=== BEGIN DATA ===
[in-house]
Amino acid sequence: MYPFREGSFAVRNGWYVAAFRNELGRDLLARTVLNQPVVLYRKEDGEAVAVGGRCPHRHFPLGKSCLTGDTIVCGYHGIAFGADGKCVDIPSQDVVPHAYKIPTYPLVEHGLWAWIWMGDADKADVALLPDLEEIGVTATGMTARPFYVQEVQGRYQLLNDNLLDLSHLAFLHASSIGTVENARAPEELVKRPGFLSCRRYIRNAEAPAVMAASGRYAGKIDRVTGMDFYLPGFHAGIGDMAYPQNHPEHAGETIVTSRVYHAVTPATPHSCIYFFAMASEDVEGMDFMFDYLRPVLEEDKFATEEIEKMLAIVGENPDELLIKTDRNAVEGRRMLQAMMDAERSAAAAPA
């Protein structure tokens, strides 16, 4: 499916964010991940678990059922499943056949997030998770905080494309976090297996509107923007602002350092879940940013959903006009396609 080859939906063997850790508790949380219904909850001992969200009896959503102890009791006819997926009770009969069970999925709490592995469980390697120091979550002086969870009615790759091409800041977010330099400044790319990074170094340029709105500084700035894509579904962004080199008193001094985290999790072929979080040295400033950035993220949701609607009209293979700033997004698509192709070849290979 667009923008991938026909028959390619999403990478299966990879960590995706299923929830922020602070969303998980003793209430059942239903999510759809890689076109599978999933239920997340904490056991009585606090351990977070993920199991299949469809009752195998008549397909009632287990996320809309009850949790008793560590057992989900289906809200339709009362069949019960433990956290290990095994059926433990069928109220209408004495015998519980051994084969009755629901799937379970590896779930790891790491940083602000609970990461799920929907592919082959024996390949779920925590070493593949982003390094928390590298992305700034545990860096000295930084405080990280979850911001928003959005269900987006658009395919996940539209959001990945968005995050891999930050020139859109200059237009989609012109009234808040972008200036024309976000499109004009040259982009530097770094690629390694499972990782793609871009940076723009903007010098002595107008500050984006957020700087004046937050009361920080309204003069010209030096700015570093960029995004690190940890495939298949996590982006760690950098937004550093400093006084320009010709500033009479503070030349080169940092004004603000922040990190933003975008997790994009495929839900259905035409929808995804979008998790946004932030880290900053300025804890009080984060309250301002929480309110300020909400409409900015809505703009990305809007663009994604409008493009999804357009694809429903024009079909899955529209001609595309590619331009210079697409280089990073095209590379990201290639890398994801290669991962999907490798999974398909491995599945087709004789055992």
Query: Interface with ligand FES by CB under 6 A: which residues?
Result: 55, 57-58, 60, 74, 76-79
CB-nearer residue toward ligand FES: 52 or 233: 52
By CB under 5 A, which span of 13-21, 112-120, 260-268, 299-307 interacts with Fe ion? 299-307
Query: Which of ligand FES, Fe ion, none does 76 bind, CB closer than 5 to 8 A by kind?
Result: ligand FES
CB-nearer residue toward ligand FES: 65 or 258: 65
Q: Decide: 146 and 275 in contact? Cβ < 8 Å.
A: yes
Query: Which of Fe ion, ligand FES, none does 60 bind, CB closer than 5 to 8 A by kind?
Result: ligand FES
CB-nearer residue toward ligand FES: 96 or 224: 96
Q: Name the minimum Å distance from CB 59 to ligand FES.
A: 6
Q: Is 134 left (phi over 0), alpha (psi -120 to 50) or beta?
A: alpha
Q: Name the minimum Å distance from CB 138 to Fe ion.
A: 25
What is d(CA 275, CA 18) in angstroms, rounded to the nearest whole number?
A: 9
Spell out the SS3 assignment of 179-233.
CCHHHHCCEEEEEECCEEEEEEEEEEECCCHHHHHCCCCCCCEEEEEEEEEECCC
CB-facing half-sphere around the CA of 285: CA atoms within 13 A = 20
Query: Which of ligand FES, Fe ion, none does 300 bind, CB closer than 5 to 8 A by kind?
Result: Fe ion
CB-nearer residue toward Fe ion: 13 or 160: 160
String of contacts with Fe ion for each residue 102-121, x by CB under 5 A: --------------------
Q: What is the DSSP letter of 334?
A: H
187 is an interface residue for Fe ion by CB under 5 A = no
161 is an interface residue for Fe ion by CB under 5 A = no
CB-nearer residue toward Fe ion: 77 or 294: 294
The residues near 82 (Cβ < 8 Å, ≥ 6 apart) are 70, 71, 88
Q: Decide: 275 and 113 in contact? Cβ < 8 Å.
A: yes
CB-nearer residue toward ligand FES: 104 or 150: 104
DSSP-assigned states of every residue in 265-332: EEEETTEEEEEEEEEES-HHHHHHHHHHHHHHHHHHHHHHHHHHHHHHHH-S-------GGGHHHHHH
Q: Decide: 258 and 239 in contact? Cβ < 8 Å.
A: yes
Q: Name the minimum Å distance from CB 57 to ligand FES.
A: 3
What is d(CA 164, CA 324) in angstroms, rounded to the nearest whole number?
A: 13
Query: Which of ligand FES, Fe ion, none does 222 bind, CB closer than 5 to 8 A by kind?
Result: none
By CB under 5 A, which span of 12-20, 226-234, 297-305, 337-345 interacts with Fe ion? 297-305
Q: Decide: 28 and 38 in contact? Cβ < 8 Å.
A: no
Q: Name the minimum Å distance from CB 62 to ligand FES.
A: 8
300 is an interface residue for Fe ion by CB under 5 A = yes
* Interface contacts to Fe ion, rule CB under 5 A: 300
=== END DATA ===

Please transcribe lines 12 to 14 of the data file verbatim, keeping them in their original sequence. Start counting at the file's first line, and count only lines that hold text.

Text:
A: yes
Query: Which of Fe ion, ligand FES, none does 60 bind, CB closer than 5 to 8 A by kind?
Result: ligand FES